Today's ODB challenged me to examine my conscience once again. I'm afraid I presume upon God's grace in my attitude toward disciplined, spiritual practices. My Bible study is sporadic. And while I keep myself close enough to God that I can pray at any time, I don't habitually pray "without ceasing." To many brethren, these spiritual failures may not seem like much, but they inhibit my growth in the Lord. I won't be happy with my life until the world sees only the Lord in me, rather than the people-pleaser me.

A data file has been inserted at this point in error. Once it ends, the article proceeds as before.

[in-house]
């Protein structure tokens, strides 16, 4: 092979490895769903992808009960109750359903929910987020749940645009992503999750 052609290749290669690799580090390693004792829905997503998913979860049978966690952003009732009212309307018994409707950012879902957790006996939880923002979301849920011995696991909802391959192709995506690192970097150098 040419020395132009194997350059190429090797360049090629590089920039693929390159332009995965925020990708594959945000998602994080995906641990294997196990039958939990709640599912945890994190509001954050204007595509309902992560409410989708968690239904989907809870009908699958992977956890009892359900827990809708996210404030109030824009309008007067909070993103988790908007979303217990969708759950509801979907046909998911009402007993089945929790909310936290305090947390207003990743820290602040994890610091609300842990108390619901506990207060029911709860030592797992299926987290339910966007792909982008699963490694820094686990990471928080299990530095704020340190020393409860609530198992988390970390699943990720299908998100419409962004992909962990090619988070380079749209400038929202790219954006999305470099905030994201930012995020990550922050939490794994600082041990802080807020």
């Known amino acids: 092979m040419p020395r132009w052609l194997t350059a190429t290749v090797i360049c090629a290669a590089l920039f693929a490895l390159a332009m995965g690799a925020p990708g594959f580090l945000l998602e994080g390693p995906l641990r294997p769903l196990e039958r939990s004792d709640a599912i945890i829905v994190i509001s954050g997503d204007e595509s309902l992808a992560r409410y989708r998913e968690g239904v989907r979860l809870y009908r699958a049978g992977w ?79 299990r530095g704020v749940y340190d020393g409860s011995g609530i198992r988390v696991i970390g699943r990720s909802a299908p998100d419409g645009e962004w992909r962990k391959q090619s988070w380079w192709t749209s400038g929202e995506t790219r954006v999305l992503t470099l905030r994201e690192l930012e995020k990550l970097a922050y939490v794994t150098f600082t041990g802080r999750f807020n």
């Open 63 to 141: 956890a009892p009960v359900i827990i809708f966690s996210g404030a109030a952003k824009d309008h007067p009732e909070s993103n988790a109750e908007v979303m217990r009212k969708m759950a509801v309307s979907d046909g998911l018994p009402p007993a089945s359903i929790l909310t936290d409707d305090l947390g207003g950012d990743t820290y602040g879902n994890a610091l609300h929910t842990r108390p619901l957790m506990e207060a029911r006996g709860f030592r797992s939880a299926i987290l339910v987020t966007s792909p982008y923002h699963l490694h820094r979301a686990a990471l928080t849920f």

I'll admit, that view is more Calvinistic than I'd like. Calvinists define sin as any behavior or thought that falls short of perfect obedience. That's why they claim to sin daily in thought, word or deed. Our Armenian-holiness brethren have a far more selective definition of sin: It is any willful, overt disobedience of God's direct command.
I wish I could step into the pages of scripture, into Paul's, David's, or the prophets' minds, to know how they viewed such fine points of spiritual practice. We force our definitions on their inspired words, assuming our interpretation is just as inspired. While we must stand on our beliefs, shouldn't we hold them somewhat loosely, maintaining a willingness to learn and change with new evidence? That said, such evidence must be highly compelling to make us change our beliefs.